The Bureau of Land Management is moving forward with renewable development in the desert this month, including issuing final construction approval for the Oberon solar project on about 2,600 acres near Interstate 10 in eastern Riverside County, and greenlighting a major transmission line from western Arizona to Blythe, California to help carry more power.
Both actions are part of a push by the Biden Administration to significantly ramp up renewables development in the southwest.
The BLM Palm Springs office on July 13 announced it had authorized a subsidiary of Intersect Power to build the 500 megawatt Oberon renewable energy project, enough to power approximately 146,000 homes and 200 megawatts of battery storage.
“This solar project is the third project approved for full construction under the Desert Renewable Energy Conservation Plan and an example of how public land in California plays a big role in achieving the Biden-Harris administration’s goal to achieve 100 percent carbon-free electricity by 2035,” Karen Mouritsen, BLM California State director, said in a statement. “The BLM is committed to responsible renewable energy development that balances conservation and utilization of public land.”
The Ten West transmission line, approved by BLM in Arizona and announced the next day, authorizes Delaney Colorado River Transmission to begin construction of a 125-mile, 500-kilovolt transmission line that will connect existing substations near Tonopah, Arizona and Blythe.
The federal agency used a streamlined permitting process for the major power line project, though it did make changes to the path in response to public comment, including routing it away from Kofa National Wildlife Refuge and requiring development of a plan by the California office to avoid damage to a small desert plant, Harwood’s eriastrum, also known as Harwood’s woollystar, “to the maximum extent practical.”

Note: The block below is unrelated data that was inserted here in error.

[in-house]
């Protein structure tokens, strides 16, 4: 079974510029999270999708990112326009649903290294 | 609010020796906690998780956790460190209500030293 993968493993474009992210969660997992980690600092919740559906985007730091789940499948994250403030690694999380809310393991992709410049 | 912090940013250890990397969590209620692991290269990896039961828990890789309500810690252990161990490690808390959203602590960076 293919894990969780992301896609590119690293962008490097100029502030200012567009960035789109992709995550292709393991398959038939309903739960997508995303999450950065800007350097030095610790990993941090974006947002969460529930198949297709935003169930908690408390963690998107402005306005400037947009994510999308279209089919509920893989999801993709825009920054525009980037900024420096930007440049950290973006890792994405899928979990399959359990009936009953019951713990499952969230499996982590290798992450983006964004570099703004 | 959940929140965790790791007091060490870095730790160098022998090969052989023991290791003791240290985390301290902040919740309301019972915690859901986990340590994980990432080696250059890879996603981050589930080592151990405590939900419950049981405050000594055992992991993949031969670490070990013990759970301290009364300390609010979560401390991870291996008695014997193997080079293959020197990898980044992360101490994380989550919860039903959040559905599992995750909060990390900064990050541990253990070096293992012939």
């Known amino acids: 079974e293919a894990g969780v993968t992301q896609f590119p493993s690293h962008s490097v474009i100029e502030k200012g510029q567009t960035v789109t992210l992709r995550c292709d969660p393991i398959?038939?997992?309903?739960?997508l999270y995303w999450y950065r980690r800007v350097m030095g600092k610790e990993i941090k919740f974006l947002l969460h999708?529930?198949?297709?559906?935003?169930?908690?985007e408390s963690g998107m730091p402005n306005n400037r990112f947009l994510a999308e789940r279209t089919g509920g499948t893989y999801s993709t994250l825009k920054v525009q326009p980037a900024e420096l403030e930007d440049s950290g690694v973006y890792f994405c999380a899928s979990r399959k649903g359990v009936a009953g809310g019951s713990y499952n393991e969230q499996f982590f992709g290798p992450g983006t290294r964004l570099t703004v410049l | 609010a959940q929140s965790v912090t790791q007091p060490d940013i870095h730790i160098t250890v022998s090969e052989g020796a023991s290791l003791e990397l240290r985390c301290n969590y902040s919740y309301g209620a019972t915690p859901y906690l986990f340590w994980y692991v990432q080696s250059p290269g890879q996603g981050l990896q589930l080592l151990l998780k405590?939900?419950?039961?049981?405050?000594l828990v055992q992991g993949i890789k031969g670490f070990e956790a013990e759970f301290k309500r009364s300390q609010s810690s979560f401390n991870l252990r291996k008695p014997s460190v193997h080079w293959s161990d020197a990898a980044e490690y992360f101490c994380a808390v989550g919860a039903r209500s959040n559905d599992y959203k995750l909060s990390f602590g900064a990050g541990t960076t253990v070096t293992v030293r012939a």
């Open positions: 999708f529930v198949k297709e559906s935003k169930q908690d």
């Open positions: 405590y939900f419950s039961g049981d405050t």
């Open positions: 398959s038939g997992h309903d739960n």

Overall, “approving this new transmission line on our public lands will accelerate our nation’s transition to a clean energy economy by unlocking renewable resources, creating jobs, lowering costs, and boosting local economies,” Interior Secretary Deb Haaland said in a statement.
The Oberon project in particular drew mixed reviews, with many environmental groups and large-scale solar advocates joining Biden administration officials to say such projects are critical to eliminating fossil fuel based energy and slowing climate change. But regional environmentalists are dismayed, saying rare desert washes, woodlands and tortoise habitat will be bulldozed to make way for the panels and battery storage.
The developer took several steps to avoid or make up for harm to ironwood stands and desert tortoise habitat, including pushing the large project back from critical wildlands, but a longtime desert environmentalist said it wasn’t enough.
“Specially for Oberon, I still think that project’s pretty tragic,” said Kevin Emmerich, co-founder of Basin and Range Watch. “That’s a very poor location.”
Emmerich, based in Beatty, Nevada, has methodically opposed every large solar project in the desert. He says the increase “is just a gigantic assault of these industrial projects on desert habitats and cultural sites.”
“Although they did make an attempt to do some good mitigation and avoid some of the larger washes with desert ironwood trees … they’re still going to have to remove a lot of the bigger trees that would shade solar panels.”
He and other local environmentalists contend more rooftop solar projects in cities where power is needed should be implemented. Many solar advocates and policy officials say both commercial scale and rooftop projects are needed.
All told, BLM officials said they are currently “processing” 64 clean energy projects proposed on public lands in the western United States. They include solar, wind and geothermal projects, as well as tie-in electric lines “vital to clean energy projects proposed on non-federal land.”
Janet Wilson is senior environment reporter for The Desert Sun, and co-authors USA Today’s Climate Point newsletter. She can be reached at firstname.lastname@example.org or @janetwilson66 on Twitter.
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